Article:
Earlier this year, a competitor of Boyle's in the Maryland suburbs sent similar shock waves through the local savings business by offering a negotiable order of withdrawal (NOW) account, basically interest on checking, with rates exceeding 16 percent.

Community Savings & Loan of Gaithersburg was able to do so because of the same Maryland laws. But federally chartered S&Ls are limited to interest rates of 5 1/4 percent on their NOW accounts, and most Maryland-chartered S&Ls have been paying up to 7 percent.

Also, to be fair, Boyle of Government Services is among enthusiastic supporters of the proposed All Savers Act. "A lot of people would deposit money at the S&Ls. It's a very helpful development since it will alow us to attract lower-cost funds," Boyle said of the proposed tax-free savings (which would provide a return of 70 percent of 52-week Treasury bill rates, allowing up to $1,000 in tax-free interest per saver, or $2,000 for a couple, over the life of the plan).

Boyle said if the proposal is enacted, he expects a lot of savers with money to invest $10,000 immediately. But he expressed concern that the legislation may end up being defeated. "I'm keeping my fingers crossed," he said.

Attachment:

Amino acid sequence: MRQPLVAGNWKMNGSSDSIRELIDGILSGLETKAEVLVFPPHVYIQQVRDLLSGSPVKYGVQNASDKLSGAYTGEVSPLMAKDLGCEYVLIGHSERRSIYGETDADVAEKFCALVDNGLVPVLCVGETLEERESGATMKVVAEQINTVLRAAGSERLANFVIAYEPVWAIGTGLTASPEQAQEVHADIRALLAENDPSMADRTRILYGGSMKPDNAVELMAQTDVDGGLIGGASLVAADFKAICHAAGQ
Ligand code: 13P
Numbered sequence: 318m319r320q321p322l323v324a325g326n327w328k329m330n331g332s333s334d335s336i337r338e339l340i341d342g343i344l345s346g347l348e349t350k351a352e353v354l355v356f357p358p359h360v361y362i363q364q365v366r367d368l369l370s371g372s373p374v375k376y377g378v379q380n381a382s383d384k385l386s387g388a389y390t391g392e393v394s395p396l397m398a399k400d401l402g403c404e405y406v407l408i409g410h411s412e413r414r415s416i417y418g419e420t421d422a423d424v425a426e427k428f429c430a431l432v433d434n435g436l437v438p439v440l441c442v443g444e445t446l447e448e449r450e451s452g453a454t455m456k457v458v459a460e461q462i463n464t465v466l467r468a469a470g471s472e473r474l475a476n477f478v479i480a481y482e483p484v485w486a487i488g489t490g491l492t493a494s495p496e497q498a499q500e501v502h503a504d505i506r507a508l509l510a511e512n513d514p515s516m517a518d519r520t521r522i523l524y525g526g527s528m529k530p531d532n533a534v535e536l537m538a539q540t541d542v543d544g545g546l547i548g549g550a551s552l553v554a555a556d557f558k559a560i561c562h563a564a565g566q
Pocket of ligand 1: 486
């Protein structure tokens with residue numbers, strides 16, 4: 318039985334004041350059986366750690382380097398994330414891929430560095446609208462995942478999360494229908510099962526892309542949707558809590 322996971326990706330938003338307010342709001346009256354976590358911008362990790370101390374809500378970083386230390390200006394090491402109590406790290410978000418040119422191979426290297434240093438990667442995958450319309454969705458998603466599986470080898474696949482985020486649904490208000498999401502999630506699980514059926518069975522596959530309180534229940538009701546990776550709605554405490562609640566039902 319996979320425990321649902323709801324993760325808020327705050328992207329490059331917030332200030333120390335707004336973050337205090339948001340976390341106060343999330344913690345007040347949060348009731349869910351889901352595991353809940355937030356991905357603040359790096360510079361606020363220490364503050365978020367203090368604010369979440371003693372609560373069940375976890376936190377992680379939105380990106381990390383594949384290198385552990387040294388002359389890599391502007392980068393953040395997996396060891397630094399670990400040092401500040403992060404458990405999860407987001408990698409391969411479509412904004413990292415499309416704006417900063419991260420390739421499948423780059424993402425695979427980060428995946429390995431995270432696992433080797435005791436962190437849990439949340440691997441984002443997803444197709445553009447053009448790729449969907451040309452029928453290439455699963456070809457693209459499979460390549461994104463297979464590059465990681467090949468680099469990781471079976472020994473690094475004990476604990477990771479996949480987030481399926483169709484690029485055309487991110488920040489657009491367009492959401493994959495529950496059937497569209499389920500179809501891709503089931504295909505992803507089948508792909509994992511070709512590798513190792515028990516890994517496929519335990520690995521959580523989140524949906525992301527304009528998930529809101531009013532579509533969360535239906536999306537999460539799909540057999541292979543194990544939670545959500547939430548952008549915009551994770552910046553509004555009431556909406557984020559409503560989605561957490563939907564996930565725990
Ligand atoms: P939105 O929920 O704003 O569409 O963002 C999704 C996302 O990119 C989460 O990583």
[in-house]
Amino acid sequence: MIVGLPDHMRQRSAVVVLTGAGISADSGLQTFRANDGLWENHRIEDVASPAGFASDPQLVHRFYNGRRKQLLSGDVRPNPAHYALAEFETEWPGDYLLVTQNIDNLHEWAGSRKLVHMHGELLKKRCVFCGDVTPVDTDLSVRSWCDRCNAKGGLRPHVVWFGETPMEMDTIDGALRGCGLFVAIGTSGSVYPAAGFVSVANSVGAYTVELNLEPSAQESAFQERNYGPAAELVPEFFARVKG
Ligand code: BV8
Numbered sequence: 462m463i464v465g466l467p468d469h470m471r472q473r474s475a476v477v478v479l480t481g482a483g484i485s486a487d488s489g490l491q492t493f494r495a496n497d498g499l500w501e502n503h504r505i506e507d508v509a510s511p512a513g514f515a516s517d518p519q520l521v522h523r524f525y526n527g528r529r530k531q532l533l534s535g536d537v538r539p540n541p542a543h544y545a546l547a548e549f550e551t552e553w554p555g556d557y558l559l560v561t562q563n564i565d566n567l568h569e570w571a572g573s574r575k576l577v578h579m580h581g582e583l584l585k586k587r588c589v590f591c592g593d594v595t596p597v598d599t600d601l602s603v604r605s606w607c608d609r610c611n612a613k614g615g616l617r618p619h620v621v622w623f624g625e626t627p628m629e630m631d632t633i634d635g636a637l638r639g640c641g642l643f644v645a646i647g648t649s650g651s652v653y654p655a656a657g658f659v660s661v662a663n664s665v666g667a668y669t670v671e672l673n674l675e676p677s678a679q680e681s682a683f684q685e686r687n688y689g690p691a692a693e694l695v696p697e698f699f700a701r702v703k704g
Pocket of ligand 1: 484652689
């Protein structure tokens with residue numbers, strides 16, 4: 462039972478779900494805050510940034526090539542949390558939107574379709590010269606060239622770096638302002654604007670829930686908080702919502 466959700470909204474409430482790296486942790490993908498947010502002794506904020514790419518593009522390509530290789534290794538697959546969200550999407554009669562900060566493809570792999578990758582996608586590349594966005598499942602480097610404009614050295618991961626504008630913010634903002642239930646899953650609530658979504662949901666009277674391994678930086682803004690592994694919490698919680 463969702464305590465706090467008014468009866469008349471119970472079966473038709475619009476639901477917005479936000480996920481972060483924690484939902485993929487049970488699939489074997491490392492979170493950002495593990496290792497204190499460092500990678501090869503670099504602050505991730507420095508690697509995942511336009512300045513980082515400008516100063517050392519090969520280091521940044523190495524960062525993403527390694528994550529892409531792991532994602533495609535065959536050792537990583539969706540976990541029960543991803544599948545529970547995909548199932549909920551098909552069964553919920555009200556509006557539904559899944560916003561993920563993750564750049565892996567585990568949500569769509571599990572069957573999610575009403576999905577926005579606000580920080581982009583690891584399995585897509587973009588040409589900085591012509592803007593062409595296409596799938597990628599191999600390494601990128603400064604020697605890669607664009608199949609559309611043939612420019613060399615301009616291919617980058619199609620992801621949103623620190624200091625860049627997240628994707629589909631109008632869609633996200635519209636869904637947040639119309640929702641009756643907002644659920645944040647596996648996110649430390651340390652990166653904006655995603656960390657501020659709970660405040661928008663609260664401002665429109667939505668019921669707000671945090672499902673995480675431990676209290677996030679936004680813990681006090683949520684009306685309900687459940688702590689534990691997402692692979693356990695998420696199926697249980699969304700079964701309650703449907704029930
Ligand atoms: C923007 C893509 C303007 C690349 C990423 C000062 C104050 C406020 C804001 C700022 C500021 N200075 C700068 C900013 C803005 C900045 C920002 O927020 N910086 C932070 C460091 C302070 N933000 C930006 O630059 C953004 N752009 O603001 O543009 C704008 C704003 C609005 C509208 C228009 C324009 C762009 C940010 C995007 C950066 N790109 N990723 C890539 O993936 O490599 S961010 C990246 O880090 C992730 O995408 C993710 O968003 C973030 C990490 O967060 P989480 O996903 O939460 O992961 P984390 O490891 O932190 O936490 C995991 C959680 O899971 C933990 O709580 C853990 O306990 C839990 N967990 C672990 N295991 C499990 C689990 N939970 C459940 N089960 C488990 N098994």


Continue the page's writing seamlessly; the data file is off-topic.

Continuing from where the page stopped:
Some other news about Government Savings, of interest more to investors than savers: The S&L is moving ahead with plans for a joint-venture development of its 95,000-square-foot headquarters site at Wisconsin and Bethesda avenues in downtown Bethesda. This transaction, which is expected to produce pretax profits of $6 million, should be closed in 60 to 90 days, Boyle stated.

Because of the continued uncertain outlook and the need to retain capital at this time, however, Government Services has abandoned the idea of distributing proceeds of the real estate transaction to stockholders under a tax-free transaction.

The S&L will retain an interest in the new building that will be constructed, and its headquarters will remain at that location. Grosvenor Properties Ltd., a private real estate firm with large holdings in the D.C. area, earlier was identified as the partner of Government Services in development of the site.

One final item: Boyle says his institution currently is not engaged in merger or consolidation discussions with any other financial institution